Robert Passal: I wanted to give the apartment a contemporary feel with a nod to Miami's Art Deco vibe, but also have some old-world elements. All-modern, steel-and-glass spaces aren't my style. Those interiors so often strike me as unapproachable. If one thing is out of line, one pillow moved, it throws the whole room off. I just can't live that way. I like richly layered rooms that aren't defined by one look, one approach. At my office, we have an acronym that we apply to everything we do — MIP, for Making It Personal. I've furnished this place with a highly personalized mix of goods that provide a sense of comfort and luxury.
Not to mention a sense of the many personalities modern can have: refreshing, colorful, sophisticated…and all in one space.
There are a few quirky touches as well. Those Louis XVI–style chairs are upholstered in fabric I cut from an African caftan. I love the fresh take on a classic form. Most of the sofa pillows are made with flea market scarves from the 1970s and '80s.
That's a rather offbeat take on a sofa, too.
The idea was to seamlessly incorporate a casual living/dining space in a room that is very long and narrow. So I designed a 16-foot sofa to accommodate a living area at one end and a dining area at the other, functioning like a banquette. It's also spacious enough to sleep two people when we're overflowing with guests, particularly when there are children here. The casualness of the room comes from the loosely placed furniture arrangement, the mismatched dining chairs, and the pictures hung salon-style on the wall.
There's another ingenious use of space as soon as you walk in the door.
Yes, my little home office! The table is a handy desk for me when I need to work on my iPad or laptop. The entry gives you a hint of what's to come in the rest of the apartment — the white, the blue, the mix. I love the contrast of the very textural 1950s Jean Royère shell sconces against the stark cleanliness of the modern art. The round sisal rug takes the edge off the square space, creating a more natural, inviting atmosphere.
Are all these blues inspired by the ocean that's just beyond the sliding glass doors?
No, I'm just a blue person. For a long time I had a hankering to do an entire home in blue and white, but every client I ran it past thought I was nuts. So I decided I would do it for myself. Most of the walls and all of the floors are white, and a range of blues are carried throughout the apartment. The palette is juxtaposed with punches of bright, clear colors, nothing muddied or muted. Pure colors speak a language all their own. They really make a room vibrant, without screaming at you.
You also carried the palette — and your richly layered aesthetic — out to the patio.
My partner, Antonio, and I spend most of our time out there when we escape to Miami. It's where we eat most of our meals, hang out, read, entertain, get some sun. Living in Manhattan, we're not accustomed to outdoor rooms. Just being able to open the doors and walk outside is a luxury that we don't take for granted. We're in nature! We lounge about and watch yachts going by or just listen to the tides. The patio connects to a garden that Antonio, who is a garden designer, created, and it's lush with greenery. It's very secluded, so we really feel like we're away on holiday. We're completely transported.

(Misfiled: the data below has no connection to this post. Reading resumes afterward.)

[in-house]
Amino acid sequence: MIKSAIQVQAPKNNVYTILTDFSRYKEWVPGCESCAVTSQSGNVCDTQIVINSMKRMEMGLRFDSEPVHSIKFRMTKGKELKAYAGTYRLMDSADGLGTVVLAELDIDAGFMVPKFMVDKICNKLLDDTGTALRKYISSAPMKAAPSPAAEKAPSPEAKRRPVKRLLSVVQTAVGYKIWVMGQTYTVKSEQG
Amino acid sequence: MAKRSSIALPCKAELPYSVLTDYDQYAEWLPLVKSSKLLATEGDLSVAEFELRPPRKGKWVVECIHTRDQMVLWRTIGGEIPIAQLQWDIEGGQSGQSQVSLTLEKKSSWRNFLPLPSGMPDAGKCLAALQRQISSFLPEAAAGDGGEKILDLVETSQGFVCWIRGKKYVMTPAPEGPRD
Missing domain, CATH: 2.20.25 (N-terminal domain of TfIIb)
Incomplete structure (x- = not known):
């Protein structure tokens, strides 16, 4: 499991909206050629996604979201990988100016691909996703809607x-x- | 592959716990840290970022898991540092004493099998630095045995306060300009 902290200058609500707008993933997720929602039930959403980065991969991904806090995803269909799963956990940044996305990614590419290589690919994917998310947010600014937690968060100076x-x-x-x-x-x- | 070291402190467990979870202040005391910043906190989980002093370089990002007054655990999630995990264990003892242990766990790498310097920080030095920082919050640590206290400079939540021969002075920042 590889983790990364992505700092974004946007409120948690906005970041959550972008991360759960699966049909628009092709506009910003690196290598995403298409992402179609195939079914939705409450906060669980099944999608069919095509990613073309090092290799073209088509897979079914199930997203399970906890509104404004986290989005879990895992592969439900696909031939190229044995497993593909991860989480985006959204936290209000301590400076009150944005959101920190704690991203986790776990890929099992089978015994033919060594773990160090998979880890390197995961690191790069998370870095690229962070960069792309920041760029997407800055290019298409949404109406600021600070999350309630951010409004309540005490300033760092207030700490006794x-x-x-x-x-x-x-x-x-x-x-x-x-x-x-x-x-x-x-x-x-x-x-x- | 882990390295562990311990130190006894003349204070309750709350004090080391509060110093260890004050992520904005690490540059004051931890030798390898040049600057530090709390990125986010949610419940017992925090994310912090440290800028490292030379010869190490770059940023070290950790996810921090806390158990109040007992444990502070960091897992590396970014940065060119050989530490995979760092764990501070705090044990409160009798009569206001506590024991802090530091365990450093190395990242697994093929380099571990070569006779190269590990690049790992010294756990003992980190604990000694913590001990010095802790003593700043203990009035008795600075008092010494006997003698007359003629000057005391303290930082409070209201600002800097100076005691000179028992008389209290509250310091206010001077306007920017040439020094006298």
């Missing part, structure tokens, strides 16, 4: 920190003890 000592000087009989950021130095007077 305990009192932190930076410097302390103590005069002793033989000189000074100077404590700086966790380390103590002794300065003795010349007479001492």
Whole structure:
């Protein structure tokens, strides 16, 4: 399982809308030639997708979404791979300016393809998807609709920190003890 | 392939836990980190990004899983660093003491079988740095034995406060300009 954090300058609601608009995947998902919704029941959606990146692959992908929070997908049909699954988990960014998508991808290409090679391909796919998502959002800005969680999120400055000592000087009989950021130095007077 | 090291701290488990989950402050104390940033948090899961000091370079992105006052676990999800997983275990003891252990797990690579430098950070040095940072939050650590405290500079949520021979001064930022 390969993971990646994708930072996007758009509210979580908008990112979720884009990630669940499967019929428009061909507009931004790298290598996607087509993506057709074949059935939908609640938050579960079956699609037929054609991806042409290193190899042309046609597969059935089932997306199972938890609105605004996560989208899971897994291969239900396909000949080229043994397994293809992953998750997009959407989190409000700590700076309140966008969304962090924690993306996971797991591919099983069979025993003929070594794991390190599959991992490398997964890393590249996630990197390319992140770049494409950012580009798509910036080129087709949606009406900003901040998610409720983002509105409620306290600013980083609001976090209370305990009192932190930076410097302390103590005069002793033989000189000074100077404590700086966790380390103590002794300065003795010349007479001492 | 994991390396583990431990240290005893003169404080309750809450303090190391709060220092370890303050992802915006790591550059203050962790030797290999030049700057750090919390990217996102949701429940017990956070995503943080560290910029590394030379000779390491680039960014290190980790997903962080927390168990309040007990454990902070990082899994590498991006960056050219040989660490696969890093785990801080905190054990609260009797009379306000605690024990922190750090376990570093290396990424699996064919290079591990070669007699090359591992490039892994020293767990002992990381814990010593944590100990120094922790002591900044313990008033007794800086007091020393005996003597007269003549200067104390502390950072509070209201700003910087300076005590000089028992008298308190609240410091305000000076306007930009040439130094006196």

Why not just put a bed out there and stay all night long?
We sort of have. That double chaise is the size of a twin bed — we call it 'the nap zone.'
While we're on the subject of beds — is that actually velvet on the guest room headboard?
It is. I love to use velvet, even in a warm climate, because no other fabric absorbs color with such intensity. I see guest rooms as a gift of escape from the ordinary. A fantasy getaway. Who doesn't want to live in a fantasy for an evening or two? I designed the headboard for those who want to escape reality with a book. The design is based on the back of a sofa, so guests can lean back and sink into the hness.
Or they can escape to the bath.
It's super-sexy. My thought was to fashion a cocoon-like bathroom that was dynamic and unexpected, but at the same time cool and serene. I like to set up spaces where you go from light to dark, dark to light, to create subtle drama. The overscale photograph by Hendrik Kerstens in the bath adds to the impact.
Why didn't you treat yourself to a velvet headboard?
I always want my guest room to be really sumptuous, but I felt like our bedroom could be a little more pared down. I like the strong lines of the modern bed frame, and the way it visually encloses the space.
What's the one word you'd use to describe your apartment?
Comfortable. It's truly comfortable.
Comfort means different things to different people. What does it mean to you?
Comfort is making a house a home, making it feel approachable, making it personal: MIP. And, as you know, there's no place like home.
So youcan put your feet up here.
Oh my gosh, anywhere!